this thin filament

Not my original thoughts, but a great list of questions if you’re interested in providing a service (a blog, a business, consulting – basically any service you can think of):

  • What needs do people have that I can fulfill?
  • What trend or trends are present here?
  • What opportunities do they present?
  • What are the current gaps in the marketplace?
  • What is the insight that can lead me to create greater value in this segment?
  • How can I leverage what I know about this category or industry that makes sense for my [work] and my brand name?
  • How can I test the efficacy of my idea?

These ideas came from Thomas Edison, and they are remarkably applicable 100 years after he said them. I am trying to apply these ideas to my thought process about future work after my current career winds down.

What really kills me – and this happens more and more often – is how much inspirational and quite frankly useful stuff has already been written. So much of what’s written about inspiration, getting rich, etc. has already been covered better and earlier. Even what I’m trying to write about has probably been covered better by people like Ben Franklin already. It’s amazing how “The Secret” is not really a secret – it’s there and it’s available, we (and I include myself) just don’t take advantage of it.

The simplest, most straightforward ideas are right there. They are public domain works. You don’t need to buy anything. You don’t need to attend a seminar. It’s all free already – the concepts behind wealth and health and happiness. Don’t buy another self-help book, just hit the Internet. In 10 years it will all be monetized and privatized, but right now it’s the biggest treasure trove of free information the world has ever seen…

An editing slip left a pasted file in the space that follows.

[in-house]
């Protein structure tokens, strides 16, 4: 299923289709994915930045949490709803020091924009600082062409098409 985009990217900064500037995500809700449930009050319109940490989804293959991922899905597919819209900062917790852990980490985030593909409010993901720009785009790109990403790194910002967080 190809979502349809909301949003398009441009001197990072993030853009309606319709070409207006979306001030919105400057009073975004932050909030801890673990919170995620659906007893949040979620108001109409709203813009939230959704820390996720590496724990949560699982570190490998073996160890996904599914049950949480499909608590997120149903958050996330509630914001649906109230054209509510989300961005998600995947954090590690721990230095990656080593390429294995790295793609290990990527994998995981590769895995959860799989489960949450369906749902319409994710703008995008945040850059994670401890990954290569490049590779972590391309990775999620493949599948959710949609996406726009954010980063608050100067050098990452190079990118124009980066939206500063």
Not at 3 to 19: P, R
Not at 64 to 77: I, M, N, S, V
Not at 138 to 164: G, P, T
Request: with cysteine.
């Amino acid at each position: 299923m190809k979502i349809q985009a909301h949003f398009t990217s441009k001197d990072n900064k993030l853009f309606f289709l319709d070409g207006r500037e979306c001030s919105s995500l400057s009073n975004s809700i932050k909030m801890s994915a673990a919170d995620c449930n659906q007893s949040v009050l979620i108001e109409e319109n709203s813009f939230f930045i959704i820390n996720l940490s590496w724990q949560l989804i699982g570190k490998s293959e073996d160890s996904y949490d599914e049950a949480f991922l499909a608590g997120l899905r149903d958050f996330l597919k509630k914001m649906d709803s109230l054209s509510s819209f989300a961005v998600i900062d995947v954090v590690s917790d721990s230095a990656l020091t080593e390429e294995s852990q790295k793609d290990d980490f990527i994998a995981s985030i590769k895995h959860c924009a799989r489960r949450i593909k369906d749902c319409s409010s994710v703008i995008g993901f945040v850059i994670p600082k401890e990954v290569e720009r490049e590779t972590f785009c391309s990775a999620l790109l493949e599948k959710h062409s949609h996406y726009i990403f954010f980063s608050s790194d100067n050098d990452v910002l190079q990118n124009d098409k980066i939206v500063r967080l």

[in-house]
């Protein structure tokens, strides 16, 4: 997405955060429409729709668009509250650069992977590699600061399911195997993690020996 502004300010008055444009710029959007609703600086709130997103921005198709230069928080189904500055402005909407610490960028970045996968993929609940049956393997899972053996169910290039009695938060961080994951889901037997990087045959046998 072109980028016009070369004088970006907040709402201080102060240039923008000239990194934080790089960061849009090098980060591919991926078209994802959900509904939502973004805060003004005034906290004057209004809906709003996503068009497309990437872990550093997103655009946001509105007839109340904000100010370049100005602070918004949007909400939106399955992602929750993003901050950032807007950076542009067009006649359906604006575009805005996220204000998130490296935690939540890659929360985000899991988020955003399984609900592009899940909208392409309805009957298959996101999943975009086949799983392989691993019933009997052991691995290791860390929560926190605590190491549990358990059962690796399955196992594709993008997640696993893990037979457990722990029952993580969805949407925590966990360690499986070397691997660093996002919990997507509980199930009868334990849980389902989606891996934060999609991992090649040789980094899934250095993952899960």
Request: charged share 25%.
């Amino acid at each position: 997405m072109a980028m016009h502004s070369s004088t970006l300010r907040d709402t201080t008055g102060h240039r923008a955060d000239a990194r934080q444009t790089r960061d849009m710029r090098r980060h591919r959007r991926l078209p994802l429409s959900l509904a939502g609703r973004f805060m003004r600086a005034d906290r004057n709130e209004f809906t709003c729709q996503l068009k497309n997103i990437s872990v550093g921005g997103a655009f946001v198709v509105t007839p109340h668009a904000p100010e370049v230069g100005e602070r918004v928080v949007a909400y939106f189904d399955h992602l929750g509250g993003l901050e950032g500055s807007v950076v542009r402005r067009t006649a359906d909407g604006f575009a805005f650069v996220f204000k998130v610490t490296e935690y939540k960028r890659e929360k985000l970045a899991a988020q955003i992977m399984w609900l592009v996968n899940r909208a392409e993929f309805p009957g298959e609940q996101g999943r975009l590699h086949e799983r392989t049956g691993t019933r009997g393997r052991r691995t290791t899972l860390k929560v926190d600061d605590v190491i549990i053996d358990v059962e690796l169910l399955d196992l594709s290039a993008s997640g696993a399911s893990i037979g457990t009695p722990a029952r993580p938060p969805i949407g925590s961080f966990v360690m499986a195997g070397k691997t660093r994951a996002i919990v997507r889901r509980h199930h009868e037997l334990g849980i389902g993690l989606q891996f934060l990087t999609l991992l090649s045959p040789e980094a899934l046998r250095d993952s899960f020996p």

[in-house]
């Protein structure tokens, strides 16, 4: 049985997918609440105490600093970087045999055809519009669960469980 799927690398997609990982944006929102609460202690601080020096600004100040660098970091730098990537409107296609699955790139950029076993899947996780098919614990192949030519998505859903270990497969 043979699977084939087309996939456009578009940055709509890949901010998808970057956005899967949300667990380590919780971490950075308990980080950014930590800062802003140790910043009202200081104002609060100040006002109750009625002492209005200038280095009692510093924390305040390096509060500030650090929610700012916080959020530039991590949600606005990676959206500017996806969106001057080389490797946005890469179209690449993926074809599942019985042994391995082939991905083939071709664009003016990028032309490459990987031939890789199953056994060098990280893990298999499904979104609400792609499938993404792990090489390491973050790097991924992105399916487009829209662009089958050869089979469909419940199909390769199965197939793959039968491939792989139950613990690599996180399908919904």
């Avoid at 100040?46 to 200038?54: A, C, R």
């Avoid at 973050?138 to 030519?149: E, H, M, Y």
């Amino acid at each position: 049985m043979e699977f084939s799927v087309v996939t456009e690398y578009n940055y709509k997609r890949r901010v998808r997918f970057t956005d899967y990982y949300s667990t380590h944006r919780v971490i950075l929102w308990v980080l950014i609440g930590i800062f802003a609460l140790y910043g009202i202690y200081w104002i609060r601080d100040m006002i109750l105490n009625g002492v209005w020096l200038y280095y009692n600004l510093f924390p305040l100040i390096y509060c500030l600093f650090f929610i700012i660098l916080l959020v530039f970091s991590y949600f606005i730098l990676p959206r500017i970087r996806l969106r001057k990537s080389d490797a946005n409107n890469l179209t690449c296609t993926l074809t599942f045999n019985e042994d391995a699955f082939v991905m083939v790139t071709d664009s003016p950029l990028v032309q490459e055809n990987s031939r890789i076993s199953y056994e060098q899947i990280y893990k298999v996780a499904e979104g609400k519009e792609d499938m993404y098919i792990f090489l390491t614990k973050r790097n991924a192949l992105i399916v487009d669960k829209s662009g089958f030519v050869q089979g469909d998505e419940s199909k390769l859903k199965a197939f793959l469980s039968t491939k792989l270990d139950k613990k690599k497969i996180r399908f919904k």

(photo credit by ishrona)

6 Replies to “this thin filament”

  1. Aaah, but here’s a question for you. With all the mountains of literature written on how to be wealthy, healthy and happy, why do you suppose there are still SO many people that are not? That’s why there will always be more room for more people to contribute their perspectives to these age old questions.

  2. I was on the same line of thought as RetiredSyd. I don’t think the point is all about “Original Ideas” but more about presenting an idea in a way that will speak to people. We all tend to hear what we want to hear – sometimes it’s a certain author, musician, or politician that connects with us as individuals. I wouldn’t say there is a whole heck of a lot of “originality” in any of our current presidential candidates – but Obama seems to be delivering his message in a way that people are hearing it. I think the same holds true with writers – if they hit it at the right time in the right form… crazy success. Like J.K. Rowling – stunning success. I believe if we approach our work authentically it will resonate with people.
    And dude – you are totally right on the buckets off free info available on the web. It’s an amazing thing!